Article by Daniel A. Levy, Esq.

Photo by Nenad Stojkovic, per Creative Commons License, no changes being made.

Every week, potential clients contact me and explain that they are no longer dating their child’s mother, and the mother is no longer letting him see the child (I do get this same question from mothers when the father has custody of the child, but this is rare).  Very often, these parents are upset and unsure what they can do in order to see their child.  Below, we will discuss what you can do if you are not permitted to see your child and how you can prevent this situation in the future.

When clients come to me with these questions, they fit into one of two categories.  The first category are cases where there is no court order for custody.  The second category are cases where there is a court order, but the custodial parent is violating the order for whatever reason.  In either situation, it is best to contact an attorney right away.

In cases where there is no court order for custody, the situation is basically in a “grey area”, legally speaking.  As there is no court order in place, neither parent has legal custody.  But at the same time, the child is, practically speaking, primarily in the care of one parent or the other.  In other words, the mother may not have a court order saying that she has custody, but in reality the child is in her care and under her control.  And since there is no court order, the non-custodial parent cannot complain to the police or a judge that the mother is doing something wrong.  Also, in such a case, there is no law stopping the father from just picking the child up from school and taking them to his house, but that is usually not a great idea, for several reasons.  In any event, the only real option that the aggrieved father has in that situation is to immediately file a complaint with the court to establish custody and order a parenting plan.  Unfortunately, this will take some time, especially since there is a significant backlog of cases in some counties in New Jersey.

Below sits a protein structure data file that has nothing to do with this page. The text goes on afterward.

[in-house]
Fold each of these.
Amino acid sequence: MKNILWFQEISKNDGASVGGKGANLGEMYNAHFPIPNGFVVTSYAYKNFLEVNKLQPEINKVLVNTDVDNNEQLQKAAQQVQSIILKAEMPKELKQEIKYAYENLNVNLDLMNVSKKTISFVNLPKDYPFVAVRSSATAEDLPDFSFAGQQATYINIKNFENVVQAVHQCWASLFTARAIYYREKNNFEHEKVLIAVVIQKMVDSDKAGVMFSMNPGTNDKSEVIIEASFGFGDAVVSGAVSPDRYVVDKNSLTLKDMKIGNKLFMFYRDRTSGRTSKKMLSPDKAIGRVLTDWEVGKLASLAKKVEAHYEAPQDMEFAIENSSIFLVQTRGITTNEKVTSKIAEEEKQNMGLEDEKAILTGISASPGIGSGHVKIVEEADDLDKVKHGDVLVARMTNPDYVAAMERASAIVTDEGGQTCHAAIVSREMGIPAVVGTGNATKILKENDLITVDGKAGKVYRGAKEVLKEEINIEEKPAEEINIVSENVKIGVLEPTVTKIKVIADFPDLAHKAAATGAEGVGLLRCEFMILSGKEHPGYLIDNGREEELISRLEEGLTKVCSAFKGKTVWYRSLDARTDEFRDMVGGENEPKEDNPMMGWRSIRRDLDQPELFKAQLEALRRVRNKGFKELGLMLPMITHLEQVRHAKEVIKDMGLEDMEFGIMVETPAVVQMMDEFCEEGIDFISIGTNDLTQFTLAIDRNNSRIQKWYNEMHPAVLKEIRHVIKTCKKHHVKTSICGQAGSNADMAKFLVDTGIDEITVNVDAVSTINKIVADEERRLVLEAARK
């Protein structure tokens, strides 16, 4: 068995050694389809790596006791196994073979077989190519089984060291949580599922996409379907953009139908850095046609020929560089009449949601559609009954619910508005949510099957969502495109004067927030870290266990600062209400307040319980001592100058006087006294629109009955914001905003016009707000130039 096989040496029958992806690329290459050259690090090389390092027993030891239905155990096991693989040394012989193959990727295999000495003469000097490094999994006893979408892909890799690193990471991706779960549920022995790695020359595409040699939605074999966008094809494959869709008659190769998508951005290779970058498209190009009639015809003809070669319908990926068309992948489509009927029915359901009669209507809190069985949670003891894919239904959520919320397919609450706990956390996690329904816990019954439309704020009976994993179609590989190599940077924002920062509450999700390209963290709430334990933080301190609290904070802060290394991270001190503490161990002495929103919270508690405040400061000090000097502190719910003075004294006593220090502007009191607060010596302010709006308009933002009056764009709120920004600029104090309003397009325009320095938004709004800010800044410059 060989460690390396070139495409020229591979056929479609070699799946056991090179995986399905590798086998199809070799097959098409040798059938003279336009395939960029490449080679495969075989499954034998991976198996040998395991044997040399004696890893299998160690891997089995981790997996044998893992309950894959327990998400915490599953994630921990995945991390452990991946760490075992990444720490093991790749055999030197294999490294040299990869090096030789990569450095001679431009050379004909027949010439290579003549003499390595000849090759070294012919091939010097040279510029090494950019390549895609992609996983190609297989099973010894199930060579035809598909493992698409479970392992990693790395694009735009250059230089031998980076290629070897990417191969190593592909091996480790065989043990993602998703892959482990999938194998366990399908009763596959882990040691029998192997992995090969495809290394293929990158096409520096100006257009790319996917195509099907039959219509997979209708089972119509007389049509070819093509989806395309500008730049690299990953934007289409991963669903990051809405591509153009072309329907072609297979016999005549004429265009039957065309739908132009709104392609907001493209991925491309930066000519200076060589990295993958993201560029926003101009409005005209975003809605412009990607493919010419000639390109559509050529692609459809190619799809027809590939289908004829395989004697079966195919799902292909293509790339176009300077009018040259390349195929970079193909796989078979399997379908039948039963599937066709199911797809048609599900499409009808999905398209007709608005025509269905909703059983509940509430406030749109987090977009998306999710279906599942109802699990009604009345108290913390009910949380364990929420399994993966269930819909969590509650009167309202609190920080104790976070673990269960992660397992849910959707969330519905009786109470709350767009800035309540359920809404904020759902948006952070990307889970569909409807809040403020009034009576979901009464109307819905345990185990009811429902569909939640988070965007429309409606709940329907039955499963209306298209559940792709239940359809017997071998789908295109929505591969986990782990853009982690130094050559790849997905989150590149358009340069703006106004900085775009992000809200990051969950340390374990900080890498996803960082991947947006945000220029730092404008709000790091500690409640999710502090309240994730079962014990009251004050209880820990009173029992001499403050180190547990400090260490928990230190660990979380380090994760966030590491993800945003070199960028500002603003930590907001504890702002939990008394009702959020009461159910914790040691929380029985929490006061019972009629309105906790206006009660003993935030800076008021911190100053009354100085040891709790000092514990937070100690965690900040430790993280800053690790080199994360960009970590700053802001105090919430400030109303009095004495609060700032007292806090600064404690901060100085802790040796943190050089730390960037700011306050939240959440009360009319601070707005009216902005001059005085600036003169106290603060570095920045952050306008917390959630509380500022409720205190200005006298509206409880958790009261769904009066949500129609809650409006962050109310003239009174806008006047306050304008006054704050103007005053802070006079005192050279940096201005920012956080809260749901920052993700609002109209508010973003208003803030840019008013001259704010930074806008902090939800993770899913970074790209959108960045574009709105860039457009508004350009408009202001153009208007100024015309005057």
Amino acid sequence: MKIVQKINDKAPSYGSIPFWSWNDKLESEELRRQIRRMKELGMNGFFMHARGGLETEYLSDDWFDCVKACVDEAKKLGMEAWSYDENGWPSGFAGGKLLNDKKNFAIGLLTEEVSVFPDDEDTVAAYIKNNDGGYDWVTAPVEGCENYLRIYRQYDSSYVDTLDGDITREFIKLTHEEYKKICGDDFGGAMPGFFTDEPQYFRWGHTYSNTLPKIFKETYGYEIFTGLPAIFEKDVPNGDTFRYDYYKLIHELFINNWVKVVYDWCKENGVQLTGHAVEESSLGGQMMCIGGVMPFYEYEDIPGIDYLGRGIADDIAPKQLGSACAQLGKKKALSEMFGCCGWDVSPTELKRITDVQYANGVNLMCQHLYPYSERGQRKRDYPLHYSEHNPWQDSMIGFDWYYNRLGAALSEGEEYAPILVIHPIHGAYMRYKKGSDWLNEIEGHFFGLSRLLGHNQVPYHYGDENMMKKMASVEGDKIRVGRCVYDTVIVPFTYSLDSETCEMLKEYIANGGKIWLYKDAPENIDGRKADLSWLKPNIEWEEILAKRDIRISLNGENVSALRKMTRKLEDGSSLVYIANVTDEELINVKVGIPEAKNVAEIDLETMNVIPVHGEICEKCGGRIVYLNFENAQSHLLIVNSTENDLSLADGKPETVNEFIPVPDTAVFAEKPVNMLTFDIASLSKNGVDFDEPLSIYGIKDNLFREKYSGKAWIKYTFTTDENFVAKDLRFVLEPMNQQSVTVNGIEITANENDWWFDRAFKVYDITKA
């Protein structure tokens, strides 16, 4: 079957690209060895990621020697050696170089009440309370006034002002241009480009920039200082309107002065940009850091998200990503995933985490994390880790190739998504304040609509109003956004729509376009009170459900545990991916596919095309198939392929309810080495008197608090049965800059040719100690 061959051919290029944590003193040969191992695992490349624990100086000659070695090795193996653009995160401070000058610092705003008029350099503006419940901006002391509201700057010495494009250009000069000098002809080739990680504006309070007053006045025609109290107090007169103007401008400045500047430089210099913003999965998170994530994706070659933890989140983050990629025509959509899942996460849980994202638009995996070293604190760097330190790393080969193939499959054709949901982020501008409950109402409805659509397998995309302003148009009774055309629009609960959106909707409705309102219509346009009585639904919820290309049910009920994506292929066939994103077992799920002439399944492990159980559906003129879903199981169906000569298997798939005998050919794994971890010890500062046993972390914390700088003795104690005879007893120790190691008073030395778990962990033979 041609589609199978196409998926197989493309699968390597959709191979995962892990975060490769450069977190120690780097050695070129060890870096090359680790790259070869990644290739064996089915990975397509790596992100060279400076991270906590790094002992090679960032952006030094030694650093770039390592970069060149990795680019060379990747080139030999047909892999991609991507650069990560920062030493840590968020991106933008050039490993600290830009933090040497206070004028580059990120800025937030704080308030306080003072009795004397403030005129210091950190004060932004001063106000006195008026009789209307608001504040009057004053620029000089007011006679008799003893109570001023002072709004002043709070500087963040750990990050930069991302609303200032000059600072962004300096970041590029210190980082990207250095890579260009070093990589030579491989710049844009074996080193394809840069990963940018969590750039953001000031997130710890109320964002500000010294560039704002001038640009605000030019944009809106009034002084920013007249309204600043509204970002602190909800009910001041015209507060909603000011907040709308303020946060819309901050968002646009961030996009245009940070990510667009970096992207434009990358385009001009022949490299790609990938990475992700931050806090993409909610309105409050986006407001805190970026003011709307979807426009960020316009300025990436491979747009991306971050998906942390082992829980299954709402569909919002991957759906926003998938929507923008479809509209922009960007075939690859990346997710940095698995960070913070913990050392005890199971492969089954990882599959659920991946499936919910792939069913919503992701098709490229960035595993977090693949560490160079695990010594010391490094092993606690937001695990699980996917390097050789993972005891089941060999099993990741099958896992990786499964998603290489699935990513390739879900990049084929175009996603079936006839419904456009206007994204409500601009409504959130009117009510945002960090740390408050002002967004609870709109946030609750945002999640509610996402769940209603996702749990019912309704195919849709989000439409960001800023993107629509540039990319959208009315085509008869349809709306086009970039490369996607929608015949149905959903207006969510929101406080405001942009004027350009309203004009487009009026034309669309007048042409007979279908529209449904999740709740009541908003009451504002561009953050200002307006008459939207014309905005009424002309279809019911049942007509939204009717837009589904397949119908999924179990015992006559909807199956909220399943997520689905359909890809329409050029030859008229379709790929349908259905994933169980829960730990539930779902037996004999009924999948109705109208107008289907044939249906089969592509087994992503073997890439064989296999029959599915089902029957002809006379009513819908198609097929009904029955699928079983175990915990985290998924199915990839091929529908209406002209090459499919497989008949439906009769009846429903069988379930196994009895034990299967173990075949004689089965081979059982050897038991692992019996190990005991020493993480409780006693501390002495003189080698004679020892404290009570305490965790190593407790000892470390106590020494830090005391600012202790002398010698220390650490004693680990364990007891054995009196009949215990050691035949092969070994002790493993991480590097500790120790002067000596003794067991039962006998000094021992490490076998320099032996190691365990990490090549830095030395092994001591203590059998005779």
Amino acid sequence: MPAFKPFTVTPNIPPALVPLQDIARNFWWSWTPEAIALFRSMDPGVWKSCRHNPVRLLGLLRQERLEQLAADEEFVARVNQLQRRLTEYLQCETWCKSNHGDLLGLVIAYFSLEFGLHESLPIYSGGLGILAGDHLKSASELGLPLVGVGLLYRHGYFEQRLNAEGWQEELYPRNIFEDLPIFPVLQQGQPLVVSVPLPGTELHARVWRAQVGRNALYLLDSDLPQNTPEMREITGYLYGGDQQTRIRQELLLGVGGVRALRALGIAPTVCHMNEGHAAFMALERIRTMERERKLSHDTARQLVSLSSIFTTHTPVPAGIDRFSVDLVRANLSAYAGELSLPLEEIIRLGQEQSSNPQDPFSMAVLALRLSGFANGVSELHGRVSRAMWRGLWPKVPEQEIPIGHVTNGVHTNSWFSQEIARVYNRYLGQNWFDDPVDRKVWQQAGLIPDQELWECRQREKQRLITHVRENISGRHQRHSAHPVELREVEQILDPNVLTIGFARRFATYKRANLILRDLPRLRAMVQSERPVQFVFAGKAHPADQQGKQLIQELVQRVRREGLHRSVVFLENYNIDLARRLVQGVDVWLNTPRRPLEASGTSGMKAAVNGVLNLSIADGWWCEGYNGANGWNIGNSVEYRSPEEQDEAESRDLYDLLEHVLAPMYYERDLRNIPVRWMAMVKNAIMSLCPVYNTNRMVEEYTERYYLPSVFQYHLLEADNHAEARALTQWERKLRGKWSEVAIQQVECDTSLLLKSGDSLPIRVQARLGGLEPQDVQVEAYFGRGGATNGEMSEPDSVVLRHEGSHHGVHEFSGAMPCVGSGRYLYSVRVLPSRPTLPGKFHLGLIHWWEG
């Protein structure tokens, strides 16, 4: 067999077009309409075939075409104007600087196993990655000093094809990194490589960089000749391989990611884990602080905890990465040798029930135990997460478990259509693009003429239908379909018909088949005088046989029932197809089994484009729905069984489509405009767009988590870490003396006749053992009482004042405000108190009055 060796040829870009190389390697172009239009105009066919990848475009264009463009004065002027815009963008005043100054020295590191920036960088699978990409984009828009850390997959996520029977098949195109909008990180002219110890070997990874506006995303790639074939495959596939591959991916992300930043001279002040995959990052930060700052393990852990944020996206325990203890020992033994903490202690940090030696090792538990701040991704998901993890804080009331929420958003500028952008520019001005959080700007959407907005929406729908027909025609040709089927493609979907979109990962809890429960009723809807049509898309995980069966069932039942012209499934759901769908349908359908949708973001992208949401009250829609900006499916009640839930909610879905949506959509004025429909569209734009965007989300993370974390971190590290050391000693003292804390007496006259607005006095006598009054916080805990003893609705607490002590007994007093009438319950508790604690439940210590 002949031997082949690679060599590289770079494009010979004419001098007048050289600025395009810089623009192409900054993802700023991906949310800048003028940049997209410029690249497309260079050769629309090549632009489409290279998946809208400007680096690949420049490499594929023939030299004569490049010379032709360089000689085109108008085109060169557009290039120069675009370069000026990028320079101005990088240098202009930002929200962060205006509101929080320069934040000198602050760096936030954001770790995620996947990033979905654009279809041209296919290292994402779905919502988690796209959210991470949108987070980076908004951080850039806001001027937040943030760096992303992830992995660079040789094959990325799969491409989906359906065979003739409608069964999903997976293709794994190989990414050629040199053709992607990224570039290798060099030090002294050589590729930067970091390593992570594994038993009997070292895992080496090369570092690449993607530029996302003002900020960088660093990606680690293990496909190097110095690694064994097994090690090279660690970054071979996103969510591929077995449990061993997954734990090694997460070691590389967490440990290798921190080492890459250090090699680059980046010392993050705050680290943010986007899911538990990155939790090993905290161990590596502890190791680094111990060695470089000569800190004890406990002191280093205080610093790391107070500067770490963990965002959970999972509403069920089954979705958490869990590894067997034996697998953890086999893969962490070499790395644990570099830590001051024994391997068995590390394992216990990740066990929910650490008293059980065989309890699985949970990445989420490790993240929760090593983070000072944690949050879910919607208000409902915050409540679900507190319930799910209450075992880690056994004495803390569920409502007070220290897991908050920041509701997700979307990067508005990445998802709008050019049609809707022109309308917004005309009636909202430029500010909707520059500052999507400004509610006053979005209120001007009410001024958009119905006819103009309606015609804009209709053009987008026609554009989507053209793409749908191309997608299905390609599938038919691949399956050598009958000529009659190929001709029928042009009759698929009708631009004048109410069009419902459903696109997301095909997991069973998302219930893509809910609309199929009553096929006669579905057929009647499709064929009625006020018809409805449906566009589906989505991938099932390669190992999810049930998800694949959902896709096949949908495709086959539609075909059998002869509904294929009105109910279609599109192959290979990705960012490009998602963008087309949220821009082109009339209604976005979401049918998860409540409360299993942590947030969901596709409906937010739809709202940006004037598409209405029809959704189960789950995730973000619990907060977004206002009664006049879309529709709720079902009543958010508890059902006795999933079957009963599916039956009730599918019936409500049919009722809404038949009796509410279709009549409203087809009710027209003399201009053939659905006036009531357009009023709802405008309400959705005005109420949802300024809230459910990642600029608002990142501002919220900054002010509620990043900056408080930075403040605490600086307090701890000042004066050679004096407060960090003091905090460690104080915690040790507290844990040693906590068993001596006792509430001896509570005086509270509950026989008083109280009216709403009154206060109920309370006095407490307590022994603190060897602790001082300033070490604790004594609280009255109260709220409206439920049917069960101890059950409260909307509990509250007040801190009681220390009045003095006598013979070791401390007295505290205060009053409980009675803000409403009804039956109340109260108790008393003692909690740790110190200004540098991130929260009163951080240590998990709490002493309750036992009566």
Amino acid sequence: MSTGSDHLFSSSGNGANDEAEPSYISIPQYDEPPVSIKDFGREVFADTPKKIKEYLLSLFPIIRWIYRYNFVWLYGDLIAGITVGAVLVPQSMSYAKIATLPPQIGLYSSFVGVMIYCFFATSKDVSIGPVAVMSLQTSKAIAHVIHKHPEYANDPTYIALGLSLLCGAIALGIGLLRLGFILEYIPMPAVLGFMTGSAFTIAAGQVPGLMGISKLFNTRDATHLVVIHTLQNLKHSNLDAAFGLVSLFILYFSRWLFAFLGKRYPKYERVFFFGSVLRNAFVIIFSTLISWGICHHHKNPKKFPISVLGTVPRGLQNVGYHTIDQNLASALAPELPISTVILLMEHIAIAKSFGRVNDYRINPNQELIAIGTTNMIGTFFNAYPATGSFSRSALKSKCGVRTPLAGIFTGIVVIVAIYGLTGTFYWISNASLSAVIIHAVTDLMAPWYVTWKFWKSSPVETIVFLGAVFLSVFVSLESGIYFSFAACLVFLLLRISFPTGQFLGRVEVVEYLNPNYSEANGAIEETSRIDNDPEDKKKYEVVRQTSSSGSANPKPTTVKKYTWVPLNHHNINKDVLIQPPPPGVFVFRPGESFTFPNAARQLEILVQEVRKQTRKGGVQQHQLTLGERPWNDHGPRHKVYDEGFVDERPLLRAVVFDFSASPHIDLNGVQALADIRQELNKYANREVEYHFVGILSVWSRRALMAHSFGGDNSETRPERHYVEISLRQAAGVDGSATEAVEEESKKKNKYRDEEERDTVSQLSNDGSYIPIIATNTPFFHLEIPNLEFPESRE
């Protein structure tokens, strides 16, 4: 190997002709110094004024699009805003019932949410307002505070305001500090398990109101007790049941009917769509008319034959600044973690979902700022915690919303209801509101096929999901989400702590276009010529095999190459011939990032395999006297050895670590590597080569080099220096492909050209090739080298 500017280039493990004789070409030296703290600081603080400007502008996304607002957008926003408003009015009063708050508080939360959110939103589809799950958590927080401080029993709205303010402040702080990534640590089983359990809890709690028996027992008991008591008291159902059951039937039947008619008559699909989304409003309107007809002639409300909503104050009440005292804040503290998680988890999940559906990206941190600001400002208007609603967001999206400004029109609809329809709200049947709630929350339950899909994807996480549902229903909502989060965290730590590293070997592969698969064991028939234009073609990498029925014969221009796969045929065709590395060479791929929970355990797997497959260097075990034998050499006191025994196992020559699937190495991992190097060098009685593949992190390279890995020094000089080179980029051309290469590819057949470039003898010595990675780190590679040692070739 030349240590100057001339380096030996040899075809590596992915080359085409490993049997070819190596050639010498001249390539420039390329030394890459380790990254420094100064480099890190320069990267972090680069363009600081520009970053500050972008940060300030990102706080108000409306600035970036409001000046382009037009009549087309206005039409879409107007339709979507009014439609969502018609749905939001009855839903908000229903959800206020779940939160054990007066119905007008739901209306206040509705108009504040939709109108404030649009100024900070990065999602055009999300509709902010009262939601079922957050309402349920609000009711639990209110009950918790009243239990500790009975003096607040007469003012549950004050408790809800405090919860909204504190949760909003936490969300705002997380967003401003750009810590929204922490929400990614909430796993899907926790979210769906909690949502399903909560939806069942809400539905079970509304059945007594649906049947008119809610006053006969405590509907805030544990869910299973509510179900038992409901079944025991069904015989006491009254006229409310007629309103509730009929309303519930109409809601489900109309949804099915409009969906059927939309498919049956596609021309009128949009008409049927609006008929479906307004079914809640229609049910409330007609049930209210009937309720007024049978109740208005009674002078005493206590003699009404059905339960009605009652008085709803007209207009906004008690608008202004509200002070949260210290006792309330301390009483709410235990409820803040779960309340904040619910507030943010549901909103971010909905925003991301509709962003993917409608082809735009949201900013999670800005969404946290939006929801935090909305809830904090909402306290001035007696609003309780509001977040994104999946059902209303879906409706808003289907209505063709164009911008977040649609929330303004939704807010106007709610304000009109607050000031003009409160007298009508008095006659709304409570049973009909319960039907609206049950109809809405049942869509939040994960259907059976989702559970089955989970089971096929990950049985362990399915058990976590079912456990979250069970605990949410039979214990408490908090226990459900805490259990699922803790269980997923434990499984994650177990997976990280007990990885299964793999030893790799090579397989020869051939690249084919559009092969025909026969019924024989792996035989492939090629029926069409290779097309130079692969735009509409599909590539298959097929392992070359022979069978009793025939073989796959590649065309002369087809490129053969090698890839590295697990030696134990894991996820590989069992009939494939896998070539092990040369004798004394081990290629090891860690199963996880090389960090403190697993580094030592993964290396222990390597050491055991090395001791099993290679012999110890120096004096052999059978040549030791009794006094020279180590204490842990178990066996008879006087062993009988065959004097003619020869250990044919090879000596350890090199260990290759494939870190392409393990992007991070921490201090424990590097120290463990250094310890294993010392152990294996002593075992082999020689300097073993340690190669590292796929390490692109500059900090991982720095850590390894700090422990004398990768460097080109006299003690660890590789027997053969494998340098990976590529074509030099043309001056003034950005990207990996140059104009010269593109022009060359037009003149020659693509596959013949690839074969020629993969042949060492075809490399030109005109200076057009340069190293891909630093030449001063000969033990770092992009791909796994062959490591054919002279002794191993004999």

In cases where there is already a court order establishing custody and a parenting plan, the aggrieved parent has some more options.  Notably, it is a crime for someone to deliberately violate a court order about custody.  This can be reported to authorities.  The non-custodial parent should also file an application with the Family Court.  Depending on the circumstances, a judge may order that the child be turned over on an emergent basis.  But even if an emergent application is not appropriate, the court has a wide array of enforcement options to ensure that the court’s orders are followed.  A judge could fine a parent, order that custody be transferred to the other parent, order that the non-custodial parent would receive more parenting time, or even throw a parent in jail for violating court orders.

In either case, these are sometimes complicated situations that really do need the attention of someone with legal expertise.  These cases could be difficult to navigate and we always recommend that anyone involved with a custody dispute contact an attorney to assist them.

Notably, it is never too early to contact an attorney.  Frankly, the best way to navigate these custody disputes is to avoid them in the first place.  Even if you are getting along great with the other parent, you should still contact an attorney and file papers with the court.  If you have an arrangement with the other parent, which is working, an attorney can help you get a court order that memorializes that arrangement.  That way, you are not making the first court application when something has already gone wrong.  And that is something that is very important to understand – you may have a great system right now, but a month or a year from now the other parent may have a change of heart and that system may no longer function.  With proactive efforts, using an attorney, you can avoid problems before they happen.